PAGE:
Saving lives or saving money?
By Mark Reaman
Fire suppression sprinkler systems will continue to be required for Crested Butte townhomes in triplexes. The Town Council on Monday voted unanimously to reject not requiring sprinklers in certain townhouse situations. Not requiring the sprinklers would have saved the upcoming Crested Butte affordable housing project in Paradise Park about $262,000.
The issue has been discussed several times in the last two months and each time the council has not found a majority vote to exempt triplexes from the sprinkler requirement.
When the issue first came up in January, staff recommended extending the exemption for sprinkler systems currently allowed in certain duplexes to triplexes. But a February 4 vote ended in a 3-3 tie, thus denying the exemption. Two weeks ago it was brought up again and the council was clearly split, with the majority not in favor of the exemption but open to another public hearing. On March 18 the staff recommended rejecting the exemption and the council did so 7-0 after 25 minutes of public comment.
The public hearing opened with town community development director Michael Yerman saying, “We plan on putting the sprinkler systems in the affordable triplex units and moving forward. We recommend you deny [the exemption].”
Rob Geislinger of the National Fire Sprinkler Association attended the council meeting in support of the Crested Butte Fire Protection District position of keeping the sprinkler requirement. “The reality is that sprinkler systems do cost but they come with great benefits,” he said.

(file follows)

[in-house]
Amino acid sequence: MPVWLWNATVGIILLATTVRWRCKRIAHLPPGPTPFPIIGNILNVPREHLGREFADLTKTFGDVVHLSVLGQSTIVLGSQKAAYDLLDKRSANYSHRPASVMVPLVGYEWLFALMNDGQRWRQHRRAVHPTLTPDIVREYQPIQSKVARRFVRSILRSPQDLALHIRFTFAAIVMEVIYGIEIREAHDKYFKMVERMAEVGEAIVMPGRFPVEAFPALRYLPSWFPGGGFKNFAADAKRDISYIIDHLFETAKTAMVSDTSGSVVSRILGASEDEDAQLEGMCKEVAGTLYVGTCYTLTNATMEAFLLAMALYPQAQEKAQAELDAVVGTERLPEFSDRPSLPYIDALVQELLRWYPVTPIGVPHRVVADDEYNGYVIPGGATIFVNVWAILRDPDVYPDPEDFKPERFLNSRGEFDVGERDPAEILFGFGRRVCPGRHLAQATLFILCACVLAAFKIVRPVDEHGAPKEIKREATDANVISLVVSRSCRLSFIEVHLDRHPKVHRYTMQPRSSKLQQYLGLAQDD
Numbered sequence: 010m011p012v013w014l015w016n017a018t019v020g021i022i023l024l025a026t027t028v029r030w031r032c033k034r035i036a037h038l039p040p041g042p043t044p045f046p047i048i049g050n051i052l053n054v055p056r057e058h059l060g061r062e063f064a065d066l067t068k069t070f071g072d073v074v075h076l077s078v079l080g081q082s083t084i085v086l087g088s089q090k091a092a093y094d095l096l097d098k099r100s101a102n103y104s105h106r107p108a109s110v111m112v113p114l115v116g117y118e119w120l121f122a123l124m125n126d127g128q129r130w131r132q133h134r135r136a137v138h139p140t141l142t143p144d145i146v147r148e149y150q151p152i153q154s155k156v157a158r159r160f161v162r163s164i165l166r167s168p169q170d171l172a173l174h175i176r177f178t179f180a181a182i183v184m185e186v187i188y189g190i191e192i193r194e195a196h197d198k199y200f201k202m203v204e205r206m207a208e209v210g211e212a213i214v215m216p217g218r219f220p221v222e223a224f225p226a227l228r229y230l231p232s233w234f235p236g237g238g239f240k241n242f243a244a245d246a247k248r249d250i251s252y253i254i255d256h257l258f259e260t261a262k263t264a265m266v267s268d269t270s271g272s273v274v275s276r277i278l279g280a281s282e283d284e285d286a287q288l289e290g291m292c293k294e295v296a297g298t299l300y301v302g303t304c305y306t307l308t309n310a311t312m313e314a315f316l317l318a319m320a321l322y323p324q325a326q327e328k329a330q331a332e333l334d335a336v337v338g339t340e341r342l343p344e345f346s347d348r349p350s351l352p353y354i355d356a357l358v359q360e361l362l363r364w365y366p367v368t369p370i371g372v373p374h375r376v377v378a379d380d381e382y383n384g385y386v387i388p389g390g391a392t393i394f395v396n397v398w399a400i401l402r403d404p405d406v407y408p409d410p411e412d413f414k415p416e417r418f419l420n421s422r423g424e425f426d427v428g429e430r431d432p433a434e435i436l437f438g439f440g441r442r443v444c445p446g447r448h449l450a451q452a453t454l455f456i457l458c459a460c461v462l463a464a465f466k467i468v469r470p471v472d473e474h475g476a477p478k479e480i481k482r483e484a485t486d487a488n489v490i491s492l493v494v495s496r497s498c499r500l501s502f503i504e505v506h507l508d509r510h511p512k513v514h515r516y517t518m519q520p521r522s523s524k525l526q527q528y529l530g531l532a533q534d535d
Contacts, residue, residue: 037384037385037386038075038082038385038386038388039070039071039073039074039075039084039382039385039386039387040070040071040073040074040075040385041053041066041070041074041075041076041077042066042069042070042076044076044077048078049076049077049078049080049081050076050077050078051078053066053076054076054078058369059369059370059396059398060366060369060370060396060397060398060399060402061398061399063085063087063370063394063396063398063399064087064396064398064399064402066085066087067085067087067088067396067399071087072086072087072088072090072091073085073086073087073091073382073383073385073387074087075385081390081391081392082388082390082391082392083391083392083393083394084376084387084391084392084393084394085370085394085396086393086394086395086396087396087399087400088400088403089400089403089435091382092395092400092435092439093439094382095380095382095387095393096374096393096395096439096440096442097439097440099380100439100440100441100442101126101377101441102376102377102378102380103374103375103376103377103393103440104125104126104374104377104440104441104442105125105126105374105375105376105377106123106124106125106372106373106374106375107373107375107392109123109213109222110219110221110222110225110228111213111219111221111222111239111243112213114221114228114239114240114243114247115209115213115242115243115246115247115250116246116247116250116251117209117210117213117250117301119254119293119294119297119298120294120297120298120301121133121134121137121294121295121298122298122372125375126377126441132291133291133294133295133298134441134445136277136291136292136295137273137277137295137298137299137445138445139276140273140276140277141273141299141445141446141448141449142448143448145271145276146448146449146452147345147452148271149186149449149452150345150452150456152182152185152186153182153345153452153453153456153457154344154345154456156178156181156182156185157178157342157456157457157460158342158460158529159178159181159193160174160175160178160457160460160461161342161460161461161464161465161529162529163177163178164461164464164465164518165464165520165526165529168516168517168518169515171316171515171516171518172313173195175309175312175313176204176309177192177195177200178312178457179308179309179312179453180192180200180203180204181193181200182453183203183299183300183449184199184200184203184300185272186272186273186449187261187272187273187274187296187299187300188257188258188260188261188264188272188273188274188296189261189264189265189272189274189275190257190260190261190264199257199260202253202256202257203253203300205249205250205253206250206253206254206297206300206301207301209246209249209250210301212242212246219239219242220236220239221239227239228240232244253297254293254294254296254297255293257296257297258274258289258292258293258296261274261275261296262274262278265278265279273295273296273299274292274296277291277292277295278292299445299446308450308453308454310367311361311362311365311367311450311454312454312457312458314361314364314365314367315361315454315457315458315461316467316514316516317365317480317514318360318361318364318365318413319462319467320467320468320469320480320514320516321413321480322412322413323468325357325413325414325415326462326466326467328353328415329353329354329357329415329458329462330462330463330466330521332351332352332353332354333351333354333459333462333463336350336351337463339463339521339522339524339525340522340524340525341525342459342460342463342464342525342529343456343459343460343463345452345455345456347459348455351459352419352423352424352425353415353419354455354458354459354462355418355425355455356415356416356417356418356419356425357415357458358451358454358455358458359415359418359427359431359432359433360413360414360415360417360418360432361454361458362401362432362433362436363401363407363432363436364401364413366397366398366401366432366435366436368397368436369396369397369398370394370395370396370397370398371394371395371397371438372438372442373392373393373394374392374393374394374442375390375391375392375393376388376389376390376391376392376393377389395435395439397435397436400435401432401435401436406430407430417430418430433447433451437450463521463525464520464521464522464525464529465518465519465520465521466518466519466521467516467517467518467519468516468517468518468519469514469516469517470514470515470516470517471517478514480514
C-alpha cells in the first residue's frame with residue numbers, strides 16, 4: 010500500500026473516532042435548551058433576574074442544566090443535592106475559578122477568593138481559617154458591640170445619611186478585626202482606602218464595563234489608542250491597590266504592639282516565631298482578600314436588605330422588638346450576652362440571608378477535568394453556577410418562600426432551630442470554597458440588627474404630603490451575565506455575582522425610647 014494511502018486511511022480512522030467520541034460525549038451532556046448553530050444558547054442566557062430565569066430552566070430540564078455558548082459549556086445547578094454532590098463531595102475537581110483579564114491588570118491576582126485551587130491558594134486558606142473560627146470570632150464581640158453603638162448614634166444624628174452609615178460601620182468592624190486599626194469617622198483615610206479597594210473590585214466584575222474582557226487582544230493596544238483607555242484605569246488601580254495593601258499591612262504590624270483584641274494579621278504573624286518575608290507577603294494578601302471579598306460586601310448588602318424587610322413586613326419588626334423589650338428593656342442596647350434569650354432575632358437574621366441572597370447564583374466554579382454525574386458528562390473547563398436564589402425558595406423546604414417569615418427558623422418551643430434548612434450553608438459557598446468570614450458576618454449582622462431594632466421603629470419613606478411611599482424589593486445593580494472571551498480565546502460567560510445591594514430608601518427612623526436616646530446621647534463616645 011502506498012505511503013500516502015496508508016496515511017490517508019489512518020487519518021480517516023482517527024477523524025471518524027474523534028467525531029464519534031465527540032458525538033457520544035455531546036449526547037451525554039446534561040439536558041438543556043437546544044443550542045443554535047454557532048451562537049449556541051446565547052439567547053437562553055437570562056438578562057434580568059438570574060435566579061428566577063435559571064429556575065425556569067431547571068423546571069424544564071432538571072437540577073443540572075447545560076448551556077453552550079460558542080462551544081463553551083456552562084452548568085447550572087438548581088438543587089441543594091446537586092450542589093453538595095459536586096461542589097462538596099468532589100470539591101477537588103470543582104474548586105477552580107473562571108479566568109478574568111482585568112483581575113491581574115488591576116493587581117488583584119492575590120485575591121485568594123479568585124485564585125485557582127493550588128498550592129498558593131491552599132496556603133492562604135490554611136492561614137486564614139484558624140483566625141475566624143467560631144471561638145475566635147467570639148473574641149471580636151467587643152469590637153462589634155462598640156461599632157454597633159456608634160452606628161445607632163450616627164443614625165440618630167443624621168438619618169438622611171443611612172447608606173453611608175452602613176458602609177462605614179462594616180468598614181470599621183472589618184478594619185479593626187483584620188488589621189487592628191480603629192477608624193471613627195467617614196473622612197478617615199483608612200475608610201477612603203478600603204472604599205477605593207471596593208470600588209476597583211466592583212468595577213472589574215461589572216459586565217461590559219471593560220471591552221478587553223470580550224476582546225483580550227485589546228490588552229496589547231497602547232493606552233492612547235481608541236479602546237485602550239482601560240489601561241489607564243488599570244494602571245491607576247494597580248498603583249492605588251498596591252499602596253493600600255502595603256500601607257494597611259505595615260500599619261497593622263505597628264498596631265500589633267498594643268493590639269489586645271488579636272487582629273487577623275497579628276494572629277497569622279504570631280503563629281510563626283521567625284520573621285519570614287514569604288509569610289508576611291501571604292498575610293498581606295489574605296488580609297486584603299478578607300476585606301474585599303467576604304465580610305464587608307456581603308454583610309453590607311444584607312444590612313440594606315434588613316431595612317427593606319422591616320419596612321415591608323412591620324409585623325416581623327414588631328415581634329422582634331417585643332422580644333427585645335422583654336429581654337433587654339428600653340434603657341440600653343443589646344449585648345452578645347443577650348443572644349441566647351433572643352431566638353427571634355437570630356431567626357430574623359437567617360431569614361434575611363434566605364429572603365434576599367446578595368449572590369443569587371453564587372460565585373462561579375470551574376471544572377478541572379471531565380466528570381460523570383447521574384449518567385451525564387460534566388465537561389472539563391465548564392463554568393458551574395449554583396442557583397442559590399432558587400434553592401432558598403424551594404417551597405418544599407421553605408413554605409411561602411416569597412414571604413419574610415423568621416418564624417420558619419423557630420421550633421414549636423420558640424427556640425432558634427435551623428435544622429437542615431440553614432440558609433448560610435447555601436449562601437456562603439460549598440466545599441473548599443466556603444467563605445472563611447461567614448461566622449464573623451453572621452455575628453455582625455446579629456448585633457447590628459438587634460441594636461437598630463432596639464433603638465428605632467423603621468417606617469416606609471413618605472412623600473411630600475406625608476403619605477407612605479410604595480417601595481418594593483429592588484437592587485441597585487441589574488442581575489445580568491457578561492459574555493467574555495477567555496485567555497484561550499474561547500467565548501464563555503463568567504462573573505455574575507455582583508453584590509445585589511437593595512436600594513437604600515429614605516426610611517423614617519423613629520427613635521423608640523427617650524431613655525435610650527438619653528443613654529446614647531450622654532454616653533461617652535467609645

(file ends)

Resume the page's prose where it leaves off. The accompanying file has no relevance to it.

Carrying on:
Local resident Marty Graves advocated for the systems as well. “Saving lives is more important than saving money,” she said.
Local builder Crockett Farnell told the council the town is a tinderbox, given how close together the buildings can be. “The value of sprinklers can’t be overstated,” he said. “It is a legitimate means of saving lives and property.”
Citizen John Wirsing said while he could not argue against the data that sprinklers saved lives in the broad picture, the requirement was one more regulation that added costs to housing. “How many people have been killed in triplexes in Crested Butte? Are they safer with sprinklers? Yes. But are buildings constructed now safer than those built ten years ago? Probably. The affordable aspect of affordable housing is being killed by a thousand cuts and this is one more cut. You can have only so many air bags in a car.”
CBFPD fire marshal Ric Ems replied to Wirsing stating that new construction relies more on synthetic products that burn much quicker than construction materials of the past and fires also result in toxic gases being released by construction products and items such as furniture.
“The council’s duty is to protect the health and safety of the constituents,” said citizen Jim Starr. “I second the need for safety with these units.”
“One of our jobs as council is to look at every issue from every angle,” said councilman Chris Haver, who had asked for the reconsideration of the issue. “There is no doubt that sprinklers save lives and I appreciate all the information people sent to us in that regard.”
In the end, the council voted unanimously to go with the staff recommendation and to not exempt triplexes from requiring fire repression sprinkler systems as part of construction.